In the 1939 classic The Wizard of Oz, there's a great scene in which the scarecrow asks the Wizard for a brain. The Wizard retorts:

Back where I come from, we have universities, seats of great learning, where men go to become great thinkers. And when they come out, they think deep thoughts -- and with no more brains than you have. … But! They have one thing you haven't got! A diploma!

As banking's troubles continue to get worse, the truth behind the Wizard's words has seemingly never been more apparent. Ordinary banking has to be one of the simplest, most profitable businesses around. It's only when you overcomplicate it to try to squeeze out every last penny that you really start running into trouble.

Yet how many banks are turning to international capital markets for a bailout because their plans went awry? How much long-term damage might the Federal Reserve be inflicting in its attempt to hold together the banks that got themselves in trouble? All of this panic began largely because housing was off by a mere 8.4%.

The benefits of simplicity
Back before the invention of the hyper-complex mortgage-backed securities that enabled the meltdown, people used to have to come up with down payments for their mortgages. It was standard practice for banks to require 20% down. If you didn't have the cash, you either rented, took out private mortgage insurance, or purchased a piggyback second mortgage at far higher interest rates.

The advent of those mortgage-backed securities allowed many lenders to ignore the risks that had led to such commonsense requirements in the first place. (And make no mistake -- down payments are commonsense requirements.) The industry had forgotten that assets, including the homes that backed up those securities, could go down as well as up in value. Talk about overeducated, empty suits with more diplomas than brains!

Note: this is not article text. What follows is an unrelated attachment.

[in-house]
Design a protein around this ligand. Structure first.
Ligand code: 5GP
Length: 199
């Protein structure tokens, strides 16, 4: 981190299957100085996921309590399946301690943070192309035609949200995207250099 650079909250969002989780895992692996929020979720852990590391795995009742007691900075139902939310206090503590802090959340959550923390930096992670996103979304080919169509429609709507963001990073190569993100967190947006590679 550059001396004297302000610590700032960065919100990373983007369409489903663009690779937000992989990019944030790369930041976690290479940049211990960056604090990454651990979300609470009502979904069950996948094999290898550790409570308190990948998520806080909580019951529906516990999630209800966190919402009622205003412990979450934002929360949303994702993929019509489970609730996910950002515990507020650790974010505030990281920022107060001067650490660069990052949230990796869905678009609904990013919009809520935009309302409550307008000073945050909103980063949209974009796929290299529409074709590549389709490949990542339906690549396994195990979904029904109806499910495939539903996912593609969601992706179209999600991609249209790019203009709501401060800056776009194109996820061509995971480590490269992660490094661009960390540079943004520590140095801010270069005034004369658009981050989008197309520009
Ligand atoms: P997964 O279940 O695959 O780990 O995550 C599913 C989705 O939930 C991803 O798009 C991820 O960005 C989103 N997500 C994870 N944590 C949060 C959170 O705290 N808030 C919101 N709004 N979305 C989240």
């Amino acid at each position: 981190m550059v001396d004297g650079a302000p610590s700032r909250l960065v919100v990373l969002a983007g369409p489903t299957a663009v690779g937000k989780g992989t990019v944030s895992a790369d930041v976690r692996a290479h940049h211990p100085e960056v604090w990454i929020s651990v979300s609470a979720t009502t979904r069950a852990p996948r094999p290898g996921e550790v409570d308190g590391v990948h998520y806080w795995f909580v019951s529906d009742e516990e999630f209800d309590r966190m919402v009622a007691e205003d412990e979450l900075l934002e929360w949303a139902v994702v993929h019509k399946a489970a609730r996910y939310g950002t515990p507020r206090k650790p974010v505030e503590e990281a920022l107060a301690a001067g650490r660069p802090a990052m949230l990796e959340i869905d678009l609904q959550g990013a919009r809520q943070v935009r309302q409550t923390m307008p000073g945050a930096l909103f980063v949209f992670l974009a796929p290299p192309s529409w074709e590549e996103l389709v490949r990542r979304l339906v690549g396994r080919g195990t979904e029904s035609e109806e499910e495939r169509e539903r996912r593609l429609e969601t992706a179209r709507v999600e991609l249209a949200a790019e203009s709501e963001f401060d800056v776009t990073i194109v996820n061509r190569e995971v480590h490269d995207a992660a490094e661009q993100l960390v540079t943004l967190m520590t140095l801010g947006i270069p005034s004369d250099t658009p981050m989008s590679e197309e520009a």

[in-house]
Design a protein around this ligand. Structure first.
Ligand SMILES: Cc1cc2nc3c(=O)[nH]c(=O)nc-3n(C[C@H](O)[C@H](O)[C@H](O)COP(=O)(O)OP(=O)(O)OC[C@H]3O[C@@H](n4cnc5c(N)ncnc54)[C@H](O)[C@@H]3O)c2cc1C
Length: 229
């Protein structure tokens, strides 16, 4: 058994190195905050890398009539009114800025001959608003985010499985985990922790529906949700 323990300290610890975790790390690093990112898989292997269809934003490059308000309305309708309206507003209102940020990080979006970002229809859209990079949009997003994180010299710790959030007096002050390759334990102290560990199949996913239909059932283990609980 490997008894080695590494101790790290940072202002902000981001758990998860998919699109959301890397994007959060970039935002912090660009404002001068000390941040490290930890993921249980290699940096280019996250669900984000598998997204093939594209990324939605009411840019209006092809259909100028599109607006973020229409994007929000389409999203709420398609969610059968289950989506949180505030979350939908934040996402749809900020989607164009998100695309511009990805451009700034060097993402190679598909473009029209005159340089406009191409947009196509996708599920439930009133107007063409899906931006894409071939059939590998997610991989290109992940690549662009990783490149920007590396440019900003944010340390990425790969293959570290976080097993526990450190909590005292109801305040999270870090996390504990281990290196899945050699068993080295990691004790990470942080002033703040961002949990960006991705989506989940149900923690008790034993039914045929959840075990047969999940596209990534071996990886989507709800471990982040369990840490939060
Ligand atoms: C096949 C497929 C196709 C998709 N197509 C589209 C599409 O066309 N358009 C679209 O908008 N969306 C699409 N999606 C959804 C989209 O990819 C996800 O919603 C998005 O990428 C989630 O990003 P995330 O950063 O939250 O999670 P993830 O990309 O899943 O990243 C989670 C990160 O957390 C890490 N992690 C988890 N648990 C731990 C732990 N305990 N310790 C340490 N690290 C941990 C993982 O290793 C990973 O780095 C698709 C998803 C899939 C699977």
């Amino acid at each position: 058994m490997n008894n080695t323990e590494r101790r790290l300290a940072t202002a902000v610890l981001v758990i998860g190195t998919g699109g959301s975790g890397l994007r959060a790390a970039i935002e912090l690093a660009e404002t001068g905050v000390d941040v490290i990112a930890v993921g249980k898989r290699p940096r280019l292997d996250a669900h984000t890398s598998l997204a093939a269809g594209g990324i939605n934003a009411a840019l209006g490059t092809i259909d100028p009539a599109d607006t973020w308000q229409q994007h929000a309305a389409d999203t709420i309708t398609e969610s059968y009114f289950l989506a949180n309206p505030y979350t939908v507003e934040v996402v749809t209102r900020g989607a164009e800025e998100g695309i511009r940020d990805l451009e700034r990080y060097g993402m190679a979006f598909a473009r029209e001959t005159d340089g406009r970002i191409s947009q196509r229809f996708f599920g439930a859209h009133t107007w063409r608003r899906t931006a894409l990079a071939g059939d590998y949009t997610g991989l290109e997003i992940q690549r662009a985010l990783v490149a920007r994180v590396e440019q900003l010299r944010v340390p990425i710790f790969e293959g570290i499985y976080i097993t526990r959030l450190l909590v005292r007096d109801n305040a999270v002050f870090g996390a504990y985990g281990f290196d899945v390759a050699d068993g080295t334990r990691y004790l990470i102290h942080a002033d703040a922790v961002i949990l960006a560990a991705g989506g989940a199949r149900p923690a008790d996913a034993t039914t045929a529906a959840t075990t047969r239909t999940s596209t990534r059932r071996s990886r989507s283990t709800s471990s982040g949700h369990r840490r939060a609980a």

Back to basics
Unfortunately, the banking meltdown spread throughout the rest of the economy. As banks now tighten up their standards, it becomes tougher and more expensive for both individuals and businesses to borrow. That slows down economic expansion and hits the fastest-growing, not-yet-self-sufficient companies the hardest.

In times like this, the only companies worth owning are those that can take care of themselves. Those, like the ones in the table below, are the companies with strong balance sheets, good cash flows, and the pre-existing financial discipline that's enforced by healthy dividends. And they are the most likely to shine.



EBIT/Interest Expense*


Price-to-Free Cash Flow Ratio

Eli Lilly (NYSE:LLY)





IllinoisTool Works (NYSE:ITW)





PepsiCo (NYSE:PEP)










Automatic Data Processing (NYSE:ADP)





Sysco (NYSE:SYY)





Data as of May 27, courtesy Capital IQ, a division of Standard & Poor's.
*Earnings before interest and taxes.

Since these companies can easily cover their near-term liabilities with their current assets, they're not trapped by the current liquidity crisis. And since they all can cover their interest payments several times over, even if rates soar as banks scale back their lending plans, they'll be able to cover their debt-service costs. To support their healthy dividend yields, they've already instituted the same sort of financial controls and discipline that will serve them well throughout this crisis. And with strong cash flows -- often stronger than their earnings would suggest -- their operations pay for themselves. That reduces their need to tap into the faltering credit markets at all.

Profit from the panic
It's fundamentally strong companies like these that will best survive this downturn and will be best positioned to take advantage of their financially weaker competition. Only the strongest survive a meltdown largely unscathed and ready to conquer during the subsequent recovery. Those are the types of companies you should be looking to add to your portfolio. If you need a few ideas, our Motley Fool Inside Value lineup of stock recommendations features some strong companies trading at dream prices. If you're interested in reading about our top stock ideas, we offer a free 30-day trial.

At the time of publication, Fool contributor Chuck Saletta owned shares of Sysco. Eli Lilly and Sysco are Motley Fool Income Investor recommendations. The Fool's disclosure policy has more heart than the Tin Man and more courage than the Cowardly Lion.